Penn Hills Council postpones decision on Imagine trailer extension
Peter Randazzo of Penn Hills was among the parents who attended a Penn Hills Council meeting last year in support of the installation of temporary modular classrooms on the Imagine Penn Hills campus.
Last week, Randazzo was back in front of council and far less supportive of the classroom trailers, particularly after new principal Carolyn Davis could not say for certain whether the trailers were equipped with sprinkler systems or whether they had fire alarms that were wired into the main school building.
A host of issues were raised at council's June 10 meeting, where Imagine officials, through subsidiary Schoolhouse Finance LLC, were requesting a one-year extension for the conditional use permitting the placement of the classroom trailers.
The original conditional use will expire June 30.
Imagine has added a new grade level each year as students have progressed — next year, the school's third-graders will become fourth-graders, and a new group of kindergarten students will be starting.
Attorney Alan Shuckrow, representing Imagine, said school officials were requesting the extension because their original plans for accommodating students did not work out: the school secured a use variance for classroom space at 10070 Frankstown Road, but Shuckrow said the property had recently gone into receivership and was not currently usable.
Imagine officials also were hoping to purchase additional Penn Hills School District buildings — the charter school is currently housed in the former William Penn Elementary — but none of the other buildings in the district are currently available.
“The school looked diligently for another site, and found one, but it will not be ready until the 2014-15 school year,” Shuckrow told council.
The property, which Imagine has under a sales agreement signed June 6, is 1700 Universal Road, the former Anter building.
The property was an elementary school at one time, more than 40 years ago.
For the 2013-14 academic year, Shuckrow said Imagine officials are able to accommodate a fourth grade and a new kindergarten class if they are permitted to keep the modular classrooms for one more year.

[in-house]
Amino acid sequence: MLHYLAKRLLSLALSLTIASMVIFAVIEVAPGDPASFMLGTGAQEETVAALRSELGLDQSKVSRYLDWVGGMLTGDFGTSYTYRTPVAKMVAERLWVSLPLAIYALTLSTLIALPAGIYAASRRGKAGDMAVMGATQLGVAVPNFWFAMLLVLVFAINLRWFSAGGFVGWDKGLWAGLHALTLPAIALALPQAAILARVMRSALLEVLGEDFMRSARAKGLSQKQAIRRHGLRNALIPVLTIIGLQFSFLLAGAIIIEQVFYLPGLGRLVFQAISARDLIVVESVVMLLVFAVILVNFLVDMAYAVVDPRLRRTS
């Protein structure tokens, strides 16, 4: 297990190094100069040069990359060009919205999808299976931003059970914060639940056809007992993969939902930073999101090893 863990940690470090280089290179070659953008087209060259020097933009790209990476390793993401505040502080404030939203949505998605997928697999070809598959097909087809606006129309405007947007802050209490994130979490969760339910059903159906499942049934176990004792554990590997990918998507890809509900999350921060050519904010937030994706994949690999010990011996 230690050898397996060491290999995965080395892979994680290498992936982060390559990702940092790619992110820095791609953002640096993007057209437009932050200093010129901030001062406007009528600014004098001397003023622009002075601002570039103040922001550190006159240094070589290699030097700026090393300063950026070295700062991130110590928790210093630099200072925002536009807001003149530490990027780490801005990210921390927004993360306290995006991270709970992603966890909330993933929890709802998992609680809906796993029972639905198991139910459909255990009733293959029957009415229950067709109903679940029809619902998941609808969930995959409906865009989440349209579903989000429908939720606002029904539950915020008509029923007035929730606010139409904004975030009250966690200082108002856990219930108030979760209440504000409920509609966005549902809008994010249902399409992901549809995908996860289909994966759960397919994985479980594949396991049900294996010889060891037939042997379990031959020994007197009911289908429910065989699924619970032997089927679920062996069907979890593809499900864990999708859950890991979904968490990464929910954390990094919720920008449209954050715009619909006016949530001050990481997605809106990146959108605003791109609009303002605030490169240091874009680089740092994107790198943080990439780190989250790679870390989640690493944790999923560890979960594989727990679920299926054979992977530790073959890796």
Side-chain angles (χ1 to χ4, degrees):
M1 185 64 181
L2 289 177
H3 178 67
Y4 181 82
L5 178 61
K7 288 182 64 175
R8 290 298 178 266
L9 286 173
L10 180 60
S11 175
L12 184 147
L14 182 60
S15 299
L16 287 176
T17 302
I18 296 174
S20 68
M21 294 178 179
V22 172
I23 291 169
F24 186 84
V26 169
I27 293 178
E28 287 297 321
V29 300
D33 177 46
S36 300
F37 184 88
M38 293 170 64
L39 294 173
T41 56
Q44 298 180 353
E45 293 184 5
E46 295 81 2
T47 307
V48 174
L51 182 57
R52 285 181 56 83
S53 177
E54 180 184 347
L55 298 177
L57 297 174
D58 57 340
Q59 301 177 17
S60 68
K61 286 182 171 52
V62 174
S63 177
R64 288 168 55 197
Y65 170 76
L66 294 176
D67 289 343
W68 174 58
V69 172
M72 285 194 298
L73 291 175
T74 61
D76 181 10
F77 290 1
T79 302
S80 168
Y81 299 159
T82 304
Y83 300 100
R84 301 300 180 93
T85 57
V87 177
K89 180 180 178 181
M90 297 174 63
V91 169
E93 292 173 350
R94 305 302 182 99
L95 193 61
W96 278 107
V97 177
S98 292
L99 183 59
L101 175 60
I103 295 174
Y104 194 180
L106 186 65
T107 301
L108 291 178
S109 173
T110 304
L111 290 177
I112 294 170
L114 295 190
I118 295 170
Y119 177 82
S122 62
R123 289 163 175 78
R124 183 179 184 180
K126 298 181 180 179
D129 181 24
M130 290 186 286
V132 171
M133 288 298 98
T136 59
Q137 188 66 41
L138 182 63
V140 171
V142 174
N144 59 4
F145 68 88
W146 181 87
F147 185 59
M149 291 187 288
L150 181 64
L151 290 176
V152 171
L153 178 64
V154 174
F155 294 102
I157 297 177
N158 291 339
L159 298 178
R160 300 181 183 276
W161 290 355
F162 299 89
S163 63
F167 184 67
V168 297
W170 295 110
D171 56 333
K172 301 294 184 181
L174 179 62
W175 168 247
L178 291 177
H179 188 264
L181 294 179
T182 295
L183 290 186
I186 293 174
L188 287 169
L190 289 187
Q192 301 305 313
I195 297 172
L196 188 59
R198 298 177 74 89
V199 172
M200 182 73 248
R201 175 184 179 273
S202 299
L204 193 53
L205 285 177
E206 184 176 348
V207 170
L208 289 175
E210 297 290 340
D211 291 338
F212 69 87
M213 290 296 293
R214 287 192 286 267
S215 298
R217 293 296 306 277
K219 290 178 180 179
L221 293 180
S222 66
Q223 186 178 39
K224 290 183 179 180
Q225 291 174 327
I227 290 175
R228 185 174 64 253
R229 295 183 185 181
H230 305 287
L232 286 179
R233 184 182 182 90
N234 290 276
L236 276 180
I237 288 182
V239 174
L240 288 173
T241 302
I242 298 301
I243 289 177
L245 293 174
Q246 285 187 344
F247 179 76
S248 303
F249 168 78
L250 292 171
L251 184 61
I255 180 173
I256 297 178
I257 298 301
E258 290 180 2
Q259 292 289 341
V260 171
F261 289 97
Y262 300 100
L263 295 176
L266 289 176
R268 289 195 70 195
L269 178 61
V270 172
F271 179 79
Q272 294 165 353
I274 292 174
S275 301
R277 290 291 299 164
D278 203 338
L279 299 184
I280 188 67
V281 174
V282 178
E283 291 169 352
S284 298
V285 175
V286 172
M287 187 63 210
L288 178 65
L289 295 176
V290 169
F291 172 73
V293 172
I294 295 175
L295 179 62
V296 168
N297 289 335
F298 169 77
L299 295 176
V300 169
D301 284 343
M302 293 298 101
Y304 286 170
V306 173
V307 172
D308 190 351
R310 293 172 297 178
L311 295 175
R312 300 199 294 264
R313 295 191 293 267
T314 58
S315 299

Deputy Mayor Sara Kuhn criticized what she perceived as a discrepancy in Imagine's proposed plans.
“You came here last year and said you needed these trailers because you weren't able to properly house students, even though the (building) held many more children when it was a public elementary school. And now you're saying that next year, you'll be able to add a grade without expanding your square footage at all?” she asked.
Davis said the plan is to temporarily convert an art room and a student-resource room into classrooms.
“We are where we are, but we do have a workable solution,” Shuckrow said, adding that Imagine was willing to add an additional condition: that under no circumstances will the school be permitted to request an additional extension for the trailers.
With regard to the new building, Shuckrow deferred to Andy Schaer of Tusk Development in Carnegie, who said granting the extension would allow enough time “to do what we need to do to be ready by next fall … because it was built initially as a school, it has good potential to become one again.”
Schaer said this would be the fifth building Tusk has converted into a school.
At the suggestion of solicitor Bruce Dice, council will bring the matter back at its next meeting. Dice suggested including a local fire official who could speak to the issues Randazzo raised, before making a final decision on the conditional-use extension.
Shuckrow said in an email to the Progress that all of the modular units are in compliance with municipal codes, “as confirmed by last year's issuance of permits for those units ... once we receive the extension to use the modular units for an additional year, we will proceed with an expansion of the intercom system and an amplification unit that will ensure fire alarms within the main building can be heard in the modular units, even though these items are not required by the current building codes.”
Patrick Varine is an editor for Trib Total Media. He can be reached at 412-320-7845 or firstname.lastname@example.org.
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